The classic tale of shipwreck and adventure in strange lands, Gulliver's Travels is also a wickedly clever satire on the nature of humankind
'A masterwork of irony ... that contains both a dark and bitter meaning and a joyous, extraordinary creativity of imagination' Malcolm Bradbury
Shipwrecked and cast adrift, Lemuel Gulliver wakes to find himself on Lilliput, an island inhabited by little people, whose height makes their quarrels over fashion and fame seem ridiculous. His subsequent encounters - with the crude giants of Brobdingnag, the philosophical Houyhnhnms and brutish Yahoos - give Gulliver new, bitter insights into human behaviour. Swift's savage satire views mankind in a distorted hall of mirrors as a diminished, magnified and finally bestial species, presenting us with an uncompromising reflection of ourselves.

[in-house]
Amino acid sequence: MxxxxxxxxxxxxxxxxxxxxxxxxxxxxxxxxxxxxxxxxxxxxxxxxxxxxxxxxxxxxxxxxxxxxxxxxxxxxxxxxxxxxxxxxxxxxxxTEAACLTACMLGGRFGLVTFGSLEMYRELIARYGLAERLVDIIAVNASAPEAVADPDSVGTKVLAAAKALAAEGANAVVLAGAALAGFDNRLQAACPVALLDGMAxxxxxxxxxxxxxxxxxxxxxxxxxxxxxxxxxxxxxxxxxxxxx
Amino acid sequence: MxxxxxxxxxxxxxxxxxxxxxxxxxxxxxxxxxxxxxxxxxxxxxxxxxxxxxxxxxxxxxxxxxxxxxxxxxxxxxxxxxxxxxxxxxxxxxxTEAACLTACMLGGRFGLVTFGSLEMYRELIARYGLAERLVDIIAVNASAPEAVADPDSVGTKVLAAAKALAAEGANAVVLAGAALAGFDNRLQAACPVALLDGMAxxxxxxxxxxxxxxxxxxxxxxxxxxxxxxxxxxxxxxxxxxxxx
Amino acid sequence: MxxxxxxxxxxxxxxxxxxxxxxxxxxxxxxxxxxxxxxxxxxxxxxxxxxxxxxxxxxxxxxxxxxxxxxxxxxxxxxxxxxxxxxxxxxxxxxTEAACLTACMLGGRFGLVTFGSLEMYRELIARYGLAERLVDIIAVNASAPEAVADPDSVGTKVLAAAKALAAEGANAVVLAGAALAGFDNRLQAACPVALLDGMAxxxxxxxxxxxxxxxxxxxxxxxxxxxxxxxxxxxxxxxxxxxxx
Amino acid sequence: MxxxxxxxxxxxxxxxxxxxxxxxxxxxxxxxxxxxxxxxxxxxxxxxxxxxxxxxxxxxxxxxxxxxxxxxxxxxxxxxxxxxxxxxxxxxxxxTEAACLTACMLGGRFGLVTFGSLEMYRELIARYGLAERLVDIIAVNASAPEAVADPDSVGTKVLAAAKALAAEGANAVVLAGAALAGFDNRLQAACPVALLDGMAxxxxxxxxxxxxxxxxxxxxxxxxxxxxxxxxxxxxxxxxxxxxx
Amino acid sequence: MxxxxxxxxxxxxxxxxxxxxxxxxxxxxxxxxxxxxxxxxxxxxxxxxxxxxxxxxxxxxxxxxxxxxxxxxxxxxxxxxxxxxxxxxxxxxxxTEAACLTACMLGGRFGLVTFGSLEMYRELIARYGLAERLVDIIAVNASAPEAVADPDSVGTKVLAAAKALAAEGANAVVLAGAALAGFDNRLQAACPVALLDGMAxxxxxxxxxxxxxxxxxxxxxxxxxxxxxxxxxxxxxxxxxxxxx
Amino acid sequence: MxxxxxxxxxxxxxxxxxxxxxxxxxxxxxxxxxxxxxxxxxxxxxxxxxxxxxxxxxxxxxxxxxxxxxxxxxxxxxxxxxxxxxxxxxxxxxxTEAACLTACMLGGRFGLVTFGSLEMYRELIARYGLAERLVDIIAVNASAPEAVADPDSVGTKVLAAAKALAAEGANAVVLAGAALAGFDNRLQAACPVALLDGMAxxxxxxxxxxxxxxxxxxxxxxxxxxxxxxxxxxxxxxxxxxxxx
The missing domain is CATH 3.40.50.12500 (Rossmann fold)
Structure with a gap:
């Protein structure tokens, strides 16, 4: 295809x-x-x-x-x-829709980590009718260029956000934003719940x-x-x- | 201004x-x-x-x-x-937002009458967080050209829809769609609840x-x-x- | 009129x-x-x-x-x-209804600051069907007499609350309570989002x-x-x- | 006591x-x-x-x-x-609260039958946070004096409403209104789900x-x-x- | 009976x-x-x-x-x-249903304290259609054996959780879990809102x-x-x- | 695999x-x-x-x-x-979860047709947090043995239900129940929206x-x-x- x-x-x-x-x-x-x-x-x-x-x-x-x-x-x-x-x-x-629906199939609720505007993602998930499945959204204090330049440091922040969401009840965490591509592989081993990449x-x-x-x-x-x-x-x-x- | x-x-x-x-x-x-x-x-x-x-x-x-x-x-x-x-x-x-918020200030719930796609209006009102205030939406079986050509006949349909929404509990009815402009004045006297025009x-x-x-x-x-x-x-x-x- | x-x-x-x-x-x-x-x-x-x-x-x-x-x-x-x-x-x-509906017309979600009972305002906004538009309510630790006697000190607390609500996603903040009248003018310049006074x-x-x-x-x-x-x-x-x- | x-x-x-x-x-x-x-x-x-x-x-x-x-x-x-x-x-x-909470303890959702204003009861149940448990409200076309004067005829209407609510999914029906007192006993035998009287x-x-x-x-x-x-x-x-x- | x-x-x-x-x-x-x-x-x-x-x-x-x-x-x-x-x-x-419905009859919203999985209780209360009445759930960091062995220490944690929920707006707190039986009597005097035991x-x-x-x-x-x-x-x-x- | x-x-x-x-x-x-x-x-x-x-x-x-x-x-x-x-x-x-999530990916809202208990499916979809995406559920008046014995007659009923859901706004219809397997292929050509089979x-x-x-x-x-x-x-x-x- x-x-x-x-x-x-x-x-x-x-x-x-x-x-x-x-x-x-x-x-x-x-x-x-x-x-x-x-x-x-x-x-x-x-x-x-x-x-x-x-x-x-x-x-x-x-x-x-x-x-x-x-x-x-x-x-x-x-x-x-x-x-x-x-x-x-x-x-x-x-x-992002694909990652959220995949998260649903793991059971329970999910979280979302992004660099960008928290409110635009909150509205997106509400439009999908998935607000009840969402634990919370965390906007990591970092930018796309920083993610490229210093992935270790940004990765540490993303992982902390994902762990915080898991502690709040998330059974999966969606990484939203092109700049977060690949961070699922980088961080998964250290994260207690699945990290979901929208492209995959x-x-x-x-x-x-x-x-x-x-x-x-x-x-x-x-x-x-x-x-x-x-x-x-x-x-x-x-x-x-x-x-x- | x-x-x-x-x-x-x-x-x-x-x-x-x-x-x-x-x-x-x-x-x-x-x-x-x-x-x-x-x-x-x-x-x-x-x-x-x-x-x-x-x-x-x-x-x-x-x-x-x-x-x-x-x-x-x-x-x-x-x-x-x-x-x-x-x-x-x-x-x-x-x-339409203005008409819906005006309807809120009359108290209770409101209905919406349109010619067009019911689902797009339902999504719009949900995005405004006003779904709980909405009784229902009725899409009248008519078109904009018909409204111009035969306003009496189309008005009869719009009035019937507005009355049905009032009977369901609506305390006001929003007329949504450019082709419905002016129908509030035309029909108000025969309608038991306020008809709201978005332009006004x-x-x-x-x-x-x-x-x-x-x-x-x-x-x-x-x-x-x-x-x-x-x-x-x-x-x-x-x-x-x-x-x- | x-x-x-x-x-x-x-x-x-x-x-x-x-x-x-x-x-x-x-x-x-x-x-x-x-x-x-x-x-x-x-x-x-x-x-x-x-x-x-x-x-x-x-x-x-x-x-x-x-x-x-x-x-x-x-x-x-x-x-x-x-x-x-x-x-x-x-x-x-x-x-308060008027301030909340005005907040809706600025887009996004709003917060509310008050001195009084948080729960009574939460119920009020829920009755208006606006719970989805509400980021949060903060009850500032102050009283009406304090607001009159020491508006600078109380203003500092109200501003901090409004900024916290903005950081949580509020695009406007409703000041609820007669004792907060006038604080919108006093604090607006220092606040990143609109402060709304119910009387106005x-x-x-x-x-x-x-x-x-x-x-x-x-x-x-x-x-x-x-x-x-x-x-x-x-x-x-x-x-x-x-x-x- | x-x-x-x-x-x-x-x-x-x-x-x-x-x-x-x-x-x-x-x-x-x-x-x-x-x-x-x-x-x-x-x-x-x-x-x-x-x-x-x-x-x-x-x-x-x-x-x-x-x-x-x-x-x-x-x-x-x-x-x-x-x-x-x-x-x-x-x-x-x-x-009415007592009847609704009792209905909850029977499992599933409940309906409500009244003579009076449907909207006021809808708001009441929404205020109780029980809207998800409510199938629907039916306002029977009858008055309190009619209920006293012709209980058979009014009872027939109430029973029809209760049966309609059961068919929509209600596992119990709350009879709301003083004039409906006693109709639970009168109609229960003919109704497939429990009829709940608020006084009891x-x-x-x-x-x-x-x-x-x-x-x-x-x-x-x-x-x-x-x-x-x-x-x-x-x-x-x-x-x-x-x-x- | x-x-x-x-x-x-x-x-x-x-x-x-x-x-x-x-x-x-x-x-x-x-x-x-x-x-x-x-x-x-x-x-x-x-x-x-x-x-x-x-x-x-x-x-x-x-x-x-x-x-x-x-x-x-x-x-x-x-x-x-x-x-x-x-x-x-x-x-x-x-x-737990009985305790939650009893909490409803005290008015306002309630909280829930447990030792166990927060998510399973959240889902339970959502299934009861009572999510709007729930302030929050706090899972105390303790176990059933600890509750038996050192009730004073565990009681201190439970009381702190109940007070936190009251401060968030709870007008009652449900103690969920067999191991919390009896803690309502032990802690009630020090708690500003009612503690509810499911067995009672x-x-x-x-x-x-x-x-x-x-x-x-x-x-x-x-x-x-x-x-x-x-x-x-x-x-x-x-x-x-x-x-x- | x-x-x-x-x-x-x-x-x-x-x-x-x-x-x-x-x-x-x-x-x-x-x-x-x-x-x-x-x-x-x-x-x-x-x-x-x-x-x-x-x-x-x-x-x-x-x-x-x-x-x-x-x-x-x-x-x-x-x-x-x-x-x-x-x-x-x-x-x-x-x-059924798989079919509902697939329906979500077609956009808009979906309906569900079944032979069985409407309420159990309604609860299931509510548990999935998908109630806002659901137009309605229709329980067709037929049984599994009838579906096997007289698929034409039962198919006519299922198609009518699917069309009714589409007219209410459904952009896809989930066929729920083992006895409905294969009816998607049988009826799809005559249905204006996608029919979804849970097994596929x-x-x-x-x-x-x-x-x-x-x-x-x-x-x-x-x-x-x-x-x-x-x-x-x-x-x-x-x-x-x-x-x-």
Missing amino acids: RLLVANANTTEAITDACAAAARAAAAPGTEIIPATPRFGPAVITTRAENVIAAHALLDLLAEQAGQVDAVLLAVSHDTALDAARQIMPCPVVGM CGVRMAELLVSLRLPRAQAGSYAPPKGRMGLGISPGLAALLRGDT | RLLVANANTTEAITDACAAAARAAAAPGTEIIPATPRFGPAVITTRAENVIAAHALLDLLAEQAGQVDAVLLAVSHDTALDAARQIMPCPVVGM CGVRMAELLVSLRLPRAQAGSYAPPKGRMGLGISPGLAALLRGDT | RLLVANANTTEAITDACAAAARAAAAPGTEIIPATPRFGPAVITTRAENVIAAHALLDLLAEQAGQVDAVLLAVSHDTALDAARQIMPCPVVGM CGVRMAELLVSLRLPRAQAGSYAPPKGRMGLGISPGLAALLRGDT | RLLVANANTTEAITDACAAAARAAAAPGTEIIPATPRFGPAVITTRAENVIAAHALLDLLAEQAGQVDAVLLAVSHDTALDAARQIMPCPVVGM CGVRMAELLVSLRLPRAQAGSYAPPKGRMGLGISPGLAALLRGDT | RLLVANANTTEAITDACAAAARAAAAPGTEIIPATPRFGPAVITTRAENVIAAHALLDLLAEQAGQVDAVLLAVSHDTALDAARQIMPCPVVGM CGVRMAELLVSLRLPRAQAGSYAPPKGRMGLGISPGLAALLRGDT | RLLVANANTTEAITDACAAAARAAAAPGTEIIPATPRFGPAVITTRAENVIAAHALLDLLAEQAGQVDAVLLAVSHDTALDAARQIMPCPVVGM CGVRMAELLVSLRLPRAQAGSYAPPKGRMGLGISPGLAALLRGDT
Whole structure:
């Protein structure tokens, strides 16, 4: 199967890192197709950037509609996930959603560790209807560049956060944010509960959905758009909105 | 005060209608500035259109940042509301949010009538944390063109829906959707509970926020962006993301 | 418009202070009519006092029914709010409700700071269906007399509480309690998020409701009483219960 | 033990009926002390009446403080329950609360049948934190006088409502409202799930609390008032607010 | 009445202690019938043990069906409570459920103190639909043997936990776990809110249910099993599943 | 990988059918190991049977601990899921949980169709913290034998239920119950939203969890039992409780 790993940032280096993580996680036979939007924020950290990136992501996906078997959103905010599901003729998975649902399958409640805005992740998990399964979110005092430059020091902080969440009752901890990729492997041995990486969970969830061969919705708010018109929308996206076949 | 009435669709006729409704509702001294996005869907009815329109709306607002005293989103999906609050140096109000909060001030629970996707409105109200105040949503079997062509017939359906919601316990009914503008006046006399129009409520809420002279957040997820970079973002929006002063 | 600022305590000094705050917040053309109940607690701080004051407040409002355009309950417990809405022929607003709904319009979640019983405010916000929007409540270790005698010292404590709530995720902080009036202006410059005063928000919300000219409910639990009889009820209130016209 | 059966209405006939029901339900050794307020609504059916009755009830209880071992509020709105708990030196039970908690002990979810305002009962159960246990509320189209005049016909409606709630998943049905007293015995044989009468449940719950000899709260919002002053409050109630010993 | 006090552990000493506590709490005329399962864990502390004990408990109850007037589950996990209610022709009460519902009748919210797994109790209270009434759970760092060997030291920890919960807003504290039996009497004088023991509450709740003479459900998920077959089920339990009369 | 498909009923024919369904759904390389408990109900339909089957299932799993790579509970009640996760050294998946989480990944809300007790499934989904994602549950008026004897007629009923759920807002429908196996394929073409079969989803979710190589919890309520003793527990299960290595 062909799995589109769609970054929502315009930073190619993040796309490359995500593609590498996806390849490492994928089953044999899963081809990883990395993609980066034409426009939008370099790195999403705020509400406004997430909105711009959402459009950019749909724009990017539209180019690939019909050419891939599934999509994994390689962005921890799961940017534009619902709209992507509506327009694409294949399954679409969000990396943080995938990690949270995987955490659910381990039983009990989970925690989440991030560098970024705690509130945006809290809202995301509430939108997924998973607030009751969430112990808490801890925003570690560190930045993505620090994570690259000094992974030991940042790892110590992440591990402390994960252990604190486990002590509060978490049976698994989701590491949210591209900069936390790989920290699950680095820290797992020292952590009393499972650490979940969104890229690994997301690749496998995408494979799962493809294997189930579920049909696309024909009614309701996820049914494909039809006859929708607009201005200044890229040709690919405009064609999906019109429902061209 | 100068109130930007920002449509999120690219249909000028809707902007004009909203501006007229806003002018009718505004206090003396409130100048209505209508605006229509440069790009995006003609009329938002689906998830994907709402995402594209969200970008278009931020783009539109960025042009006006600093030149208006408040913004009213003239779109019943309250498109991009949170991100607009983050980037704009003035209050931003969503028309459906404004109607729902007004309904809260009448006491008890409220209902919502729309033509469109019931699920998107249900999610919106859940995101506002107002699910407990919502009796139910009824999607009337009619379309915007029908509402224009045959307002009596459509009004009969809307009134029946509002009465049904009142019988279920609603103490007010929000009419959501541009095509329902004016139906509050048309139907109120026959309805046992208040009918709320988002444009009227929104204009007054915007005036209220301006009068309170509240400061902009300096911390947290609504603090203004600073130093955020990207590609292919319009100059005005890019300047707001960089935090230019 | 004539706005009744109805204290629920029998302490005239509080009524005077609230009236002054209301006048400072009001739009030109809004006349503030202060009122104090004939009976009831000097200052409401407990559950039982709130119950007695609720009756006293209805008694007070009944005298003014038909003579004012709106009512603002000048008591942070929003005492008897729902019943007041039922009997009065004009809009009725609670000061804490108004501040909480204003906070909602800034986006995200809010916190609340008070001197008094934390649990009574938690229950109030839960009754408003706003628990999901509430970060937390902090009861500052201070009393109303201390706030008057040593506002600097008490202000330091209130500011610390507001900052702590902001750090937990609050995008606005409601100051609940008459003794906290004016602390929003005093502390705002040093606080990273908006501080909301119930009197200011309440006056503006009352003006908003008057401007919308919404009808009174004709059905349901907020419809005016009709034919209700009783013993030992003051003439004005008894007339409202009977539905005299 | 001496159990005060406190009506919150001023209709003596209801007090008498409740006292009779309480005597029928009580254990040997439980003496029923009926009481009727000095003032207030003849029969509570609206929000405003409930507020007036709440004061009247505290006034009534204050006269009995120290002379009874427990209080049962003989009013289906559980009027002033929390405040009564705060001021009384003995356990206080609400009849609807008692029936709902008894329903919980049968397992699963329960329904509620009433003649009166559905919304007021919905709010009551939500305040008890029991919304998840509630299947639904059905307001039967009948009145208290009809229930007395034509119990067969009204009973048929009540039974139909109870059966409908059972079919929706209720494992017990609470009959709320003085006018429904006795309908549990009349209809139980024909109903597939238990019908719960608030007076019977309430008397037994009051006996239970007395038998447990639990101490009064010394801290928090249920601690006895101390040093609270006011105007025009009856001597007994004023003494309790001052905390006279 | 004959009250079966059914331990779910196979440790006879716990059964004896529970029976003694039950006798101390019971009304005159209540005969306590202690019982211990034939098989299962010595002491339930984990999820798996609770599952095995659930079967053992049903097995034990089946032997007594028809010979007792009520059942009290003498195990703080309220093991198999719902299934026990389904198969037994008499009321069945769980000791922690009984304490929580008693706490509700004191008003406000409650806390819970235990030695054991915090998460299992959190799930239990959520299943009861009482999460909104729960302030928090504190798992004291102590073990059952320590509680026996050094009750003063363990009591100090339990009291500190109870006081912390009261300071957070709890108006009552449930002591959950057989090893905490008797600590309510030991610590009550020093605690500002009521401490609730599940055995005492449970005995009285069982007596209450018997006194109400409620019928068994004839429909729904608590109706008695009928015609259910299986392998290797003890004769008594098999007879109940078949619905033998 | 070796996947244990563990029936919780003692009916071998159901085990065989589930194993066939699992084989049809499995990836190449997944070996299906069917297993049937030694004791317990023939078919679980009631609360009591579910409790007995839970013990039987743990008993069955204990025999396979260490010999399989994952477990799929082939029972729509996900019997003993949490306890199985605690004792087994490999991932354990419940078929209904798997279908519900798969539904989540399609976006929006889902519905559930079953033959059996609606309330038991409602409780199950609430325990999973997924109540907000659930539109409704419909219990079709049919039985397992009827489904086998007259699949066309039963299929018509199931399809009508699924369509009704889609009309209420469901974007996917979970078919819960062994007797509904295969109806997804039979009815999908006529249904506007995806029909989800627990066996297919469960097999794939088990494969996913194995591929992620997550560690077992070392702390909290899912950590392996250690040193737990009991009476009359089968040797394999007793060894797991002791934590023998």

This text, based on the first edition of 1726, reproduces all the original illustrations and includes an introduction by Robert Demaria, Jr, which discusses the ways Gulliver's Travels has been interpreted since its first publication.